Purification of a serine and histidine phosphorylated mitochondrial nucleoside diphosphate kinase from Pisum sativum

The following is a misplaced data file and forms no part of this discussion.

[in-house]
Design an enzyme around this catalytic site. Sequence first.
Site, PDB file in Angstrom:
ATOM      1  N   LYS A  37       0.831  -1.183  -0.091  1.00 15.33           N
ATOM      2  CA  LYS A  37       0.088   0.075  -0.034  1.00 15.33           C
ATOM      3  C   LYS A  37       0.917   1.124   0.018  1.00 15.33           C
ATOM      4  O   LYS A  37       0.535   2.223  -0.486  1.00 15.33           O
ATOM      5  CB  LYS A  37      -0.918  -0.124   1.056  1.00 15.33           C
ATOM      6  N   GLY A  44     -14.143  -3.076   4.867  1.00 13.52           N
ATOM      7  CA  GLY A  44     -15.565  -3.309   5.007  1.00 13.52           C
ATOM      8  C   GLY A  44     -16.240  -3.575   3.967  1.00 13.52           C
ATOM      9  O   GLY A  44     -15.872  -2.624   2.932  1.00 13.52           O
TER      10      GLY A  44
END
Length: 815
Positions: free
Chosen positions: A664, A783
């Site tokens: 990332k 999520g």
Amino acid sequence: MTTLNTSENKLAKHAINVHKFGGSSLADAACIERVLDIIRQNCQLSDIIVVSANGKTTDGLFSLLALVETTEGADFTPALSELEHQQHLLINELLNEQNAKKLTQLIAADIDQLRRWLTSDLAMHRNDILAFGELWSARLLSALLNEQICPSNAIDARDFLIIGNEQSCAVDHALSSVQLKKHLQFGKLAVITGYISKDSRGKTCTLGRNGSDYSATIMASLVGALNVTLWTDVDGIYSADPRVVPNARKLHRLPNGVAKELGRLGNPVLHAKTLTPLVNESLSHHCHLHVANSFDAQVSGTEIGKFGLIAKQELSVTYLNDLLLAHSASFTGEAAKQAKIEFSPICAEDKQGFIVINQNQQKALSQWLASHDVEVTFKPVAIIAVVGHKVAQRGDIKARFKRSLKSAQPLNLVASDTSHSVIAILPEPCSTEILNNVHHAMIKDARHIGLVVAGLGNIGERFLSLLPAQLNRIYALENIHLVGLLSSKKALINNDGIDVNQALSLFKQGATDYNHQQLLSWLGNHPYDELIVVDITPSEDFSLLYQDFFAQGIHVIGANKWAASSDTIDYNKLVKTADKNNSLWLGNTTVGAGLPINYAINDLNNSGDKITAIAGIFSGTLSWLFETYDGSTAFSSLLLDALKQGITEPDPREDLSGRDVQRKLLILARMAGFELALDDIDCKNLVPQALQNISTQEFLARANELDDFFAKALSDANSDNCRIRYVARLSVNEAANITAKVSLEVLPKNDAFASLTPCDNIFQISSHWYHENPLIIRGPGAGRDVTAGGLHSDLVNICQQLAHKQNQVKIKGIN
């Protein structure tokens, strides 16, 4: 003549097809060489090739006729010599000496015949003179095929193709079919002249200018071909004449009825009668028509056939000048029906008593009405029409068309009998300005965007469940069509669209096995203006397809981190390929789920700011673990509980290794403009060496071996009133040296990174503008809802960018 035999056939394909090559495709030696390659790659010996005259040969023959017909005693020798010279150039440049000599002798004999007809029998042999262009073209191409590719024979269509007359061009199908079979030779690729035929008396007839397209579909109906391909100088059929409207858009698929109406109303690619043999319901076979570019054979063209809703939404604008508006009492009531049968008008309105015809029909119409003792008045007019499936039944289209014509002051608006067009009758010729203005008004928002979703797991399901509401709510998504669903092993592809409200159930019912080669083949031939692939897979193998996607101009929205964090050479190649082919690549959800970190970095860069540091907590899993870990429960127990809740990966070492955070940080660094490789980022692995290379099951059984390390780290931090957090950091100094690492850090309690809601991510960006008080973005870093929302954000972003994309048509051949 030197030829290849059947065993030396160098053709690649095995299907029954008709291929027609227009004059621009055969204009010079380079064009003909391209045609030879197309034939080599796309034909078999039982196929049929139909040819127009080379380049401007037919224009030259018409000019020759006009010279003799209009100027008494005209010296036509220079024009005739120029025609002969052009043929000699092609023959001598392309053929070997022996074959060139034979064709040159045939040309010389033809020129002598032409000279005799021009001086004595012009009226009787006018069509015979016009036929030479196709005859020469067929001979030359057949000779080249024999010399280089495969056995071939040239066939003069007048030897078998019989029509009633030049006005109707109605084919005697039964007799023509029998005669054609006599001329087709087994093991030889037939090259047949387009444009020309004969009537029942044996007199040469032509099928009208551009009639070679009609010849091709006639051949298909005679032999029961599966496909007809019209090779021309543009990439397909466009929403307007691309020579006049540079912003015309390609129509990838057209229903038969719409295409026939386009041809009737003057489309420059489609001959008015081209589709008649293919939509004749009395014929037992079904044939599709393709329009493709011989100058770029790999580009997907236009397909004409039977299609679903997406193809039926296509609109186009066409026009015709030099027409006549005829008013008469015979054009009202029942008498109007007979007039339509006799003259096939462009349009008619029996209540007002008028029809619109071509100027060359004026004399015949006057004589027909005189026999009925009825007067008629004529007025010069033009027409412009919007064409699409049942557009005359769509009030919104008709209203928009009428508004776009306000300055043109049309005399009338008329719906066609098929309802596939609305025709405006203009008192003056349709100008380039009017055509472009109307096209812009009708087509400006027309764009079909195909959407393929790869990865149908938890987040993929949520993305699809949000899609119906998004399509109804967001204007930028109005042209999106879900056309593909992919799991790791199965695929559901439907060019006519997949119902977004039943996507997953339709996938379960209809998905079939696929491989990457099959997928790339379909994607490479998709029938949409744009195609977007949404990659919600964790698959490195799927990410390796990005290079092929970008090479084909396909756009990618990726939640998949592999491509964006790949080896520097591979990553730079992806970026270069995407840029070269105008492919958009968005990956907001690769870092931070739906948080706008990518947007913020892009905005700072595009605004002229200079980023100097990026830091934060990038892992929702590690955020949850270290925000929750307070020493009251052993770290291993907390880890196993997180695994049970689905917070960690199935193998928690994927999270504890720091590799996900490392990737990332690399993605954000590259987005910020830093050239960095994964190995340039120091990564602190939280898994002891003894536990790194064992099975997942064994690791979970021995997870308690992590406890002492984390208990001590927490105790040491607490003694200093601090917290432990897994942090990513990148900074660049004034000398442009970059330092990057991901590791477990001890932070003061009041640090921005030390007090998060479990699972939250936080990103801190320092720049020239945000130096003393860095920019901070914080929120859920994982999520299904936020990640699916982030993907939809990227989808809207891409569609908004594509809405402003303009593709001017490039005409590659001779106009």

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For the first time, to our knowledge, a nucleoside diphosphate kinase (NDPK) has been purified from plant mitochondria (Pisum sativum L.). In intact pea leaf mitochondria, a 17.4-kDa soluble protein was phosphorylated in the presence of EDTA when [γ-32]ATP was used as the phosphate donor. Cell fractionation demonstrated that the 17.4-kDa protein is a true mitochondrial protein, and the lack of accessibility to EDTA of the matrix compartment in intact mitochondria suggested it may have an intermembrane space localization. The 17.4-kDa protein was purified from mitochondrial soluble proteins using ATP-agarose and anion exchange chromatography. Amino- acid sequencing of two peptides, resulting from a trypsin digestion, revealed high similarity with the conserved catalytic phosphohistidine site and with the C-terminal of NDPKs. Acid and alkali treatments of [32P]-labelled pea mitochondrial NDPK indicated the presence of acid-stable as well as alkali- stable phosphogroups. Thin-layer chromatography experiments revealed serine as the acid-stable phosphogroup. The alkali-stable labelling probably reflects phosphorylation of the conserved catalytic histidine residue. In phosphorylation experiments, the purified pea mitochondrial NDPK was labelled more heavily on serine than histidine residues. Furthermore, kinetic studies showed a faster phosphorylation rate for serine compared to histidine. Both ATP and GTP could be used as phosphate donor for histidine as well as serine labelling of the pea mitochondrial NDPK.